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Trip Reports Offer Enhanced Sharing of River Trips

Posted: 12/06/2022
By: Kevin Colburn

American Whitewater has revitalized the Trip Report option on our website, and we hope paddlers will take advantage of it! Trip Reports allow anyone logged into the American Whitewater website to tell the story of a river trip by sharing any combination of photos, text, date, and water levels. The most recent three reports are found at the bottom of every river page, and all reports are located on the Trip Report tab on river pages. We encourage paddlers to give it a try; here are a few suggestions on how we hope paddlers use the Trip Report option. 


Recommended Trip Report Use


  • Current Conditions: Paddlers are always searching for up-to-date information on dynamic river conditions like strainers, rapid changes, access changes, etc. The top Trip Report on the page will offer the most recent check-in on the river. So if you head out on the water and see changes or want to give future paddlers a heads-up or an all-clear, Trip Reports are a good place to do it. If you see a new dangerous situation you can also use the Alert function on the News and Info tab of any river page for a succinct heads-up that will be prominently displayed on the river page.


  • Sharing Photos: Trip Reports are now the only way to add photos to the American Whitewater river pages. We love high quality, high resolution photos that show off a river’s scenery and rapids. Staff use these often in our river stewardship work, and other paddlers enjoy them too when planning a trip. 


  • Paddling History: Trip Reports offer paddlers a chance to share and read about early or noteworthy descents of a river. As a community we don’t track first known or early descents in any organized way, but Trip Reports offer a neat crowd-sourced way to document some of the exploratory paddling history of rivers. If you think you were on an early descent of a river, you can add a simple Trip Report with the date, but even better is to share who you were with, the story of your descent, and any photos you might have. 


  • Lesser Known and Poorly Documented Rivers: Many creeks only get paddled a few times a year, or sometimes even only once every few years. Often there is little information about these rivers. Other rivers get run a lot but the AW site is sparse on information. Trip Reports offer vital information for paddlers that come after you about seasonality, flows, rapids, wood, etc. While you could also update the river description on the general tab, the Trip Report option allows you to share some information on the river including photos in a more personal manner. 


  • Story Telling: If you like writing and had an interesting and memorable trip that you think people would be interested in, Trip Reports give you a forum for story telling. Be cognizant that political leaders, agency staff, hydropower operators, and non-paddlers read these stories, so keep the content appropriate for all audiences.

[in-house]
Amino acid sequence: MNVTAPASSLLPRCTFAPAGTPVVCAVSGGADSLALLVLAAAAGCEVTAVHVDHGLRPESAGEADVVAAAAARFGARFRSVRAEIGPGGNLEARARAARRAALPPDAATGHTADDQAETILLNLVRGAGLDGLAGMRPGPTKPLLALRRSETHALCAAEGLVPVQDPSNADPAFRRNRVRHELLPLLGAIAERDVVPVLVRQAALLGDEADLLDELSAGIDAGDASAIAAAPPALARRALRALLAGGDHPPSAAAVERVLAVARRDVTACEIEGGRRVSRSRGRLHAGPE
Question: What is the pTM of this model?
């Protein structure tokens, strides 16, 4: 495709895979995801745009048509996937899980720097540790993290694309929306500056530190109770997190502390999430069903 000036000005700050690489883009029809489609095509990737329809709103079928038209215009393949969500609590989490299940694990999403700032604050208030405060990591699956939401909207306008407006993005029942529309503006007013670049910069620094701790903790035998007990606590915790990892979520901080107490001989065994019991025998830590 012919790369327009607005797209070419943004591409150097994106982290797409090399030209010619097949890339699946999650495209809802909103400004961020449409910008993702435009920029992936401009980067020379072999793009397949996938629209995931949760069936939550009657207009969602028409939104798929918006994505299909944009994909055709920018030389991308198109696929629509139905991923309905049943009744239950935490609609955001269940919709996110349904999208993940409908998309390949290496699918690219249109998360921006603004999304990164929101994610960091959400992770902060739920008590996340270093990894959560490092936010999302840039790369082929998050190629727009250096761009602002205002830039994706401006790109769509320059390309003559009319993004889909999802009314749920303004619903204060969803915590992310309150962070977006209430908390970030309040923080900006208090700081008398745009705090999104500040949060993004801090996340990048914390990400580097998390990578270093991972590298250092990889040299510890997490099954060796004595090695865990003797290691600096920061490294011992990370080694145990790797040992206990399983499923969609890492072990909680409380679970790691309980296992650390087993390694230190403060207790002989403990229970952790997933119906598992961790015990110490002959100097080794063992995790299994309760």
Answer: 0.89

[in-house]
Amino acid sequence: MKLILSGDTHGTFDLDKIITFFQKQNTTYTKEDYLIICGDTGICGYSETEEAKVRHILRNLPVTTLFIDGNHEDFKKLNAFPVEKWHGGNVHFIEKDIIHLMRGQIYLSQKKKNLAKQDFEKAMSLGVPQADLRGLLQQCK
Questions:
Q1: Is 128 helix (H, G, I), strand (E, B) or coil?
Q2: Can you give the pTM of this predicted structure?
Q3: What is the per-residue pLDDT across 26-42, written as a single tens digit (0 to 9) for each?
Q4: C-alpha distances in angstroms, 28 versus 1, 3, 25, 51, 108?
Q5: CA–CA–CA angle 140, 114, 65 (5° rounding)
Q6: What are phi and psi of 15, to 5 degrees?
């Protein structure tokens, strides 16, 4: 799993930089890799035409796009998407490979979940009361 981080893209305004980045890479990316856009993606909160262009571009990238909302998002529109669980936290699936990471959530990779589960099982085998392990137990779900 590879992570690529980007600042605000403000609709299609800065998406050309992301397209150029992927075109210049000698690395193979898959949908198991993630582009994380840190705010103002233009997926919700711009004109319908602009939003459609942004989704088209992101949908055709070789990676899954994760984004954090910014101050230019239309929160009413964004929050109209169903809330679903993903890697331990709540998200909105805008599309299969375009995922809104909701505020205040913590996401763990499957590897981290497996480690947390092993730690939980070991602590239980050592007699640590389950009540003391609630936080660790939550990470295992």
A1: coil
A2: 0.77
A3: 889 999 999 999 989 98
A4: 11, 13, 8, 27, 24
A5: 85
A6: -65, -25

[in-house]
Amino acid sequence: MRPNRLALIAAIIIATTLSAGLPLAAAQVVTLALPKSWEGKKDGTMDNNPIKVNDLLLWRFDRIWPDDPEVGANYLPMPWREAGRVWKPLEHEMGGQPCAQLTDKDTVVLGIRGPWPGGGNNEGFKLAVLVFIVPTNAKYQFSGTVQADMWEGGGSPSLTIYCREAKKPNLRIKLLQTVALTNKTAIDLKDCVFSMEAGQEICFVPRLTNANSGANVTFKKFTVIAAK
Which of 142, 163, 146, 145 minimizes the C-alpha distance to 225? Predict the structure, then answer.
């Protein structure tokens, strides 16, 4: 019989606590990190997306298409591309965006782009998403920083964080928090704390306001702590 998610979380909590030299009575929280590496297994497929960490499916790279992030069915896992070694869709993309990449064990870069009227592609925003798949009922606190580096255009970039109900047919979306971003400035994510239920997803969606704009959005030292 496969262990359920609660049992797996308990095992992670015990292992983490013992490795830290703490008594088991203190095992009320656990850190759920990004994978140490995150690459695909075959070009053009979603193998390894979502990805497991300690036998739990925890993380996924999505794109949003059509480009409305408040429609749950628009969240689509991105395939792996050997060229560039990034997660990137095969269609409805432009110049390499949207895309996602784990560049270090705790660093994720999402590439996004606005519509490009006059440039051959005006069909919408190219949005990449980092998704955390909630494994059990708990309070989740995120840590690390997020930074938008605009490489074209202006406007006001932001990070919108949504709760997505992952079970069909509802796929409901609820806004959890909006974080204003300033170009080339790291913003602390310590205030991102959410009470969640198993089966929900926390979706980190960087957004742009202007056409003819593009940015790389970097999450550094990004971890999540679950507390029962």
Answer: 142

Not Recommended for Trip Reports


Our vision for the Trip Report tab on each river page is that it offers engaging reading and photo viewing for website visitors. This focus on the reader means it is not the best place to record every photo of every personal descent of commonly-paddled rivers unless you are sharing photos or other compelling content that you think other paddlers would enjoy. In other words, we encourage you not to use the site as a personal river log, but rather as a public sharing tool. 


A Note About Old Content and Trip Reports


We’ve converted comments, photos, and trip reports from the old version of our site all into new trip reports, so you’ll see some trip reports that are light on content. If you are an author of some of this old content you might consider editing or removing it if it no longer conveys relevant information. You can also combine old or new photos into a single trip report through selecting “Assign to Report” on the page for any photo of yours on the Gallery Tab. This is a fun way to repackage older photos with more context, and can be used to consolidate multiple old trip reports into one new one (We'd appreciate it if you'd do this!).   


How to Add a Trip Report


Go to, and make sure you are logged in. If the site says log in in the upper right, you’ll need to log in as a registered user. Then click on River Info on the main menu and navigate to the river you are interested in either using the map or the state lists below. Once on the river page, select Trip Report from the menu on the left, and then click on the “+ New Trip Report” button. This will take you to the form for adding a Trip Report, in which you can add text, gage info, date, and photos. To add photos you can drag-and-drop multiple photos into the box at the bottom of the form that says “Drag and drop here or click to select,” or click in the box to open an upload form. We recommend that you drag and drop or upload one photo at a time to the form in chronological order, because the photos will appear in the order in which they were added to the Trip Report. Once you submit you can easily edit the Trip Report at any time from the Trip Report tab, after you click the edit pencil over the page menu.


We you enjoy Trip Reports! 


Kevin Colburn

Asheville, NC

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